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The Republic | Book 9 | Summary



In the first section of Book 9 Socrates continues his discussion of tyranny, focusing on the tyrannical man. As readers might expect, the tyrant is depicted as a slave to his passions. For example, he beats his own father and mother, and he is inordinately greedy and concerned with bodily needs. Summing up, Socrates elicits agreement with the proposition the ideal state, under the guidance of the philosopher-king, is at the opposite end of the spectrum from a tyranny under the oppression of a tyrant. Tyranny is the most wretched form of government, and the rule of a king the happiest. The tyrannical soul must always be poor and miserable.

In the discussion of pleasure and pain that follows, Socrates guides the discussants to acknowledge the practice of justice is both virtuous and profitable, while the practice of injustice is both injurious and disadvantageous. This recognition amounts to a long-awaited refutation of Thrasymachus's claim in Book 1 that justice is unprofitable and injustice is advantageous. Socrates sums up the argument: "And so from every point of view, whether of pleasure, honor, or advantage, the approver of justice is right and speaks the truth, and the disapprover is wrong and false and ignorant."

Furthermore, detection and punishment—or lack thereof—make no difference in the net impact of justice and injustice on the individual soul. A person who is just profits from the advantage justice affords him; an unjust person suffers, whether or not he is detected and/or punished.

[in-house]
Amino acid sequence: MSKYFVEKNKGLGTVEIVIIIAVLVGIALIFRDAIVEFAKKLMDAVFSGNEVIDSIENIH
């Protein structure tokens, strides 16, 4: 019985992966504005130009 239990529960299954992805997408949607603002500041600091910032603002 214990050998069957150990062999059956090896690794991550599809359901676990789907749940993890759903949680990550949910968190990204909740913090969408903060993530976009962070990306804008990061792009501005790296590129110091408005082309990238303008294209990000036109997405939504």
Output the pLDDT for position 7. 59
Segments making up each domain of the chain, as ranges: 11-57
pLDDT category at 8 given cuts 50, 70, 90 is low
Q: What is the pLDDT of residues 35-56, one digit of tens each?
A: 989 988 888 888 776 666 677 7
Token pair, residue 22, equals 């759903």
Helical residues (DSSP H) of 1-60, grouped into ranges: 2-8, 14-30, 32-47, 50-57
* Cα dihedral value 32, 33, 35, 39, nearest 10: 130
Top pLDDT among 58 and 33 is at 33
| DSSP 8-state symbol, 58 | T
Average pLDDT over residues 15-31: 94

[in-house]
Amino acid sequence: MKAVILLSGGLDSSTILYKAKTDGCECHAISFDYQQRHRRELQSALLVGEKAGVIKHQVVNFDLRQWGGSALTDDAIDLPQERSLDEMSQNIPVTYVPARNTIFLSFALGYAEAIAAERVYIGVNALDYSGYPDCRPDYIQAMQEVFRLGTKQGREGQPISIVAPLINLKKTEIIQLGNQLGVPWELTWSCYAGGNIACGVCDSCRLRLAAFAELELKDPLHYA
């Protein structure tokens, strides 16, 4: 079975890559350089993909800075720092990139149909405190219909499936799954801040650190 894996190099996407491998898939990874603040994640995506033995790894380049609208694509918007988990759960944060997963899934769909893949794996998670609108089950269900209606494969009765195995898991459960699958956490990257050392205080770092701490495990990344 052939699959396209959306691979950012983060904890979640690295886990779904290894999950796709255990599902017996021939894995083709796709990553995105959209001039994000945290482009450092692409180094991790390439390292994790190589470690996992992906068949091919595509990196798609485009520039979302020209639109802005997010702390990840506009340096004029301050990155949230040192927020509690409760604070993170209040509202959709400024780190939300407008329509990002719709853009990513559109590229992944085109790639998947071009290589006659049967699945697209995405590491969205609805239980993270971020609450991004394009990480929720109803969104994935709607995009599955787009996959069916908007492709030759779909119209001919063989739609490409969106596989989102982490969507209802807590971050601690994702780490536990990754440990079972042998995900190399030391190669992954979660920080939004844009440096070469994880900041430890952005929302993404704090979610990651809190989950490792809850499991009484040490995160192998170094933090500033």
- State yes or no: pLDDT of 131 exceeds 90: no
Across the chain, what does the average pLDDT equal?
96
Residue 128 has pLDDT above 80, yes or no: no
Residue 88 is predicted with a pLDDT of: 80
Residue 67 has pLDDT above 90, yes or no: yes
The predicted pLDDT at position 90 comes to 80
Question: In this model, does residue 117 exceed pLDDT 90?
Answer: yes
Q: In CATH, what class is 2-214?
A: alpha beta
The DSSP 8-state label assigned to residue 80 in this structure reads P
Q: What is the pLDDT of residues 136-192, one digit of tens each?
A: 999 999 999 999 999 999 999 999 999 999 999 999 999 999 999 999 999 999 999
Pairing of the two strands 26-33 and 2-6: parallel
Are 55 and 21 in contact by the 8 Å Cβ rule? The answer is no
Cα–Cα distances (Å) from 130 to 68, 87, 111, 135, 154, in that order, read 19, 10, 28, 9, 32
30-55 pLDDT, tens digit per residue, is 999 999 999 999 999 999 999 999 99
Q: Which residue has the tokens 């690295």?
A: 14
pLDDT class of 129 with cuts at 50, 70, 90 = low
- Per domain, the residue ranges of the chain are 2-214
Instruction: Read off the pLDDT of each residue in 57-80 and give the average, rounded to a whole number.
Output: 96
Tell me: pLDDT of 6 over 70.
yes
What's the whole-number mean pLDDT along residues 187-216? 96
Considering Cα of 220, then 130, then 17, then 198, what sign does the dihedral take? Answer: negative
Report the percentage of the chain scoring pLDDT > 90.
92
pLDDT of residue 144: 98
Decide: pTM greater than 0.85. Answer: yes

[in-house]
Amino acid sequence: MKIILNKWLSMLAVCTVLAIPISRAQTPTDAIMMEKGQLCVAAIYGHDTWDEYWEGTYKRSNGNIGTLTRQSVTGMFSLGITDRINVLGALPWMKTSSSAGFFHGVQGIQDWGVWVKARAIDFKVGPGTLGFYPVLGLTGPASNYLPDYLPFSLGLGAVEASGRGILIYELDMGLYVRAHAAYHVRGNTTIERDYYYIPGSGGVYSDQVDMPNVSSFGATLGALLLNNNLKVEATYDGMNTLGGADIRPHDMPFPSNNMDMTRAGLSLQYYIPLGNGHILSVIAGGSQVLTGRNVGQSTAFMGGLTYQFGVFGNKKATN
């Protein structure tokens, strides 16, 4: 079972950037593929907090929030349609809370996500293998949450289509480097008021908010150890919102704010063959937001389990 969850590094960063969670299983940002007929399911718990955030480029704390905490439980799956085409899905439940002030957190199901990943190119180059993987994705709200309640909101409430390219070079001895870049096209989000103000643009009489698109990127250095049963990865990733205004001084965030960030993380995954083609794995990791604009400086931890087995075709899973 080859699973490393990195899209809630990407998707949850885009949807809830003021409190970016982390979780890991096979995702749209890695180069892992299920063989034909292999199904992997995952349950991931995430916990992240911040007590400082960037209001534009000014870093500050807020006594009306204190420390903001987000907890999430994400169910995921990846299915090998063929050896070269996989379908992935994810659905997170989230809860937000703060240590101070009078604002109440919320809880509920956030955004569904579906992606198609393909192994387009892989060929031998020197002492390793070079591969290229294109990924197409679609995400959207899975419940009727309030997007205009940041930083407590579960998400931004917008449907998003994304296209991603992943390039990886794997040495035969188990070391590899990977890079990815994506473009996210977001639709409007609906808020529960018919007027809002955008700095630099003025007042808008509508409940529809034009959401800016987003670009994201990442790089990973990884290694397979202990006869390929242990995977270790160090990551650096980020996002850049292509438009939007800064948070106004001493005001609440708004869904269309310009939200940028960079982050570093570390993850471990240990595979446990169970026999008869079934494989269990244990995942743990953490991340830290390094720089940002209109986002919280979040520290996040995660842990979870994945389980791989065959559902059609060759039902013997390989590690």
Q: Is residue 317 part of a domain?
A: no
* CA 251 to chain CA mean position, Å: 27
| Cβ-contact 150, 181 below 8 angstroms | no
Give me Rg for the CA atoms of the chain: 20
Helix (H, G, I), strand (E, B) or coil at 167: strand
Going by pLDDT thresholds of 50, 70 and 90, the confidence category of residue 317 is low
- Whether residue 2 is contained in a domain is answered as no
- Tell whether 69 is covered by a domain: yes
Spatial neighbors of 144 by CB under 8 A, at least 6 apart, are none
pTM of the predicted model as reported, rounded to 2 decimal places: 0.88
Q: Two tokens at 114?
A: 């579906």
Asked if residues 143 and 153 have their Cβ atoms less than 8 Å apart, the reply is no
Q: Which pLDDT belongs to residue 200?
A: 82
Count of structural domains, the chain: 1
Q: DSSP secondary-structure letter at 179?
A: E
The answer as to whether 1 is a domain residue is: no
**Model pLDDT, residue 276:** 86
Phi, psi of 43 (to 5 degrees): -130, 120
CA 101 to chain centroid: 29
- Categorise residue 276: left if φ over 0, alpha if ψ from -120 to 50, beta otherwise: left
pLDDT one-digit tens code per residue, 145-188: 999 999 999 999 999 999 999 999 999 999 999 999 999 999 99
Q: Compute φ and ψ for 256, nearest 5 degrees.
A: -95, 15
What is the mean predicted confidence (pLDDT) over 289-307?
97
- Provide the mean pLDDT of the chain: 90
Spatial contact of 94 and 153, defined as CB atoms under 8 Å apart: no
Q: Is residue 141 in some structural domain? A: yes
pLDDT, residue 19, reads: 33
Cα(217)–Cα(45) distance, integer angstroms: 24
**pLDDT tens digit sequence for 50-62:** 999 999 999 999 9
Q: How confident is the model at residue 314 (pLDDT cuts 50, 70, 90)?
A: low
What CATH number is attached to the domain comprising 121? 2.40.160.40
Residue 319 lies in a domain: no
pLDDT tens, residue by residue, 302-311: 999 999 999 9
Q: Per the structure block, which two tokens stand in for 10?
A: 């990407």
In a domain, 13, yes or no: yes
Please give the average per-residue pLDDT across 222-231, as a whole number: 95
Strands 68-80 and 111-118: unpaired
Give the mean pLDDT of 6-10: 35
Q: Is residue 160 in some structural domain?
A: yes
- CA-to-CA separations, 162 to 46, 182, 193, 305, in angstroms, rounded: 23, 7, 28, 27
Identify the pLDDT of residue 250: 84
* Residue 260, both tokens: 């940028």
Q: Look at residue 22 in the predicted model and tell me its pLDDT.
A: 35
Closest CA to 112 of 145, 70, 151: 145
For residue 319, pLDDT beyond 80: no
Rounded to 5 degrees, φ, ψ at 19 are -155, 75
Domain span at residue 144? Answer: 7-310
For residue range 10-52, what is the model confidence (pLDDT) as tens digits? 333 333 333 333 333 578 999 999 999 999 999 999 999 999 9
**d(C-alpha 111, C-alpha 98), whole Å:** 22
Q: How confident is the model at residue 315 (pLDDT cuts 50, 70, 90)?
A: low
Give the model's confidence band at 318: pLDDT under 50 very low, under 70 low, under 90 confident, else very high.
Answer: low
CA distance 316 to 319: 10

A substantial section of Book 9 should be read as a direct continuation of Book 8. Particularly notable is Plato's harsh portrait of the tyrannical type of man, who develops (perhaps surprisingly from a modern perspective) from the democratic man.

In fact, however, Plato's portrait of the tyrant is more than a little oversimplified and biased, considering that various Greek city-states, within the past two centuries, had prospered under the rule of benevolent tyrants. Some historians, in fact, have argued tyrannos in Greek simply meant an unconstitutional king or ruler who had seized power rather than "tyrant" in the modern sense. Both Herodotus and Aristotle, for example, testify to the relatively benign tyranny of Peisistratos, who led Athens in c. 561–527 BCE. Hieron, tyrant of the Sicilian city of Syracuse from 478–467 BCE, was a liberal patron of the arts, and the poets Pindar, Simonides, Bacchylides, and Aeschylus, and also the philosopher Xenophanes, attended his court. The tyrant Periander of Corinth (died c. 587 BCE) was considered, along with Solon of Athens and the philosopher Thales of Miletus, as one of the seven sages of ancient Greece. Plato himself had substantial dealings with tyrants in Sicily, even though the details of his relationship with them remain somewhat unclear.

Ever alive to the allure and cultural importance of poetry, Socrates makes an important allusion to the lyric poet Stesichorus in Book 9 when he touches once again on the theory of Forms or Ideas. Stesichorus (c. 630–555 BCE) hailed from southern Italy, where Greek colonizers had begun to establish new settlements as early as the eighth century. One of his most striking poetic innovations was to envision the Trojan War as a struggle over the shadow, or "double," of Helen, rather than the real woman, who had been divinely spirited away to Egypt. This conceit was adopted by the famous tragedian Euripides as the premise for his tragicomedy Helen, produced at Athens in 412 BCE. Plato's readers would thus be doubly familiar with the idea of a shadow impersonation, or unreal "copy"—a concept Plato stresses as a key idea in the theory of Forms. The placement of this notion in Book 9 is strategically advantageous, considering the key ideas of "imitation" and "copy" will dominate so much of the discussion of poetry and visual art in the following book.

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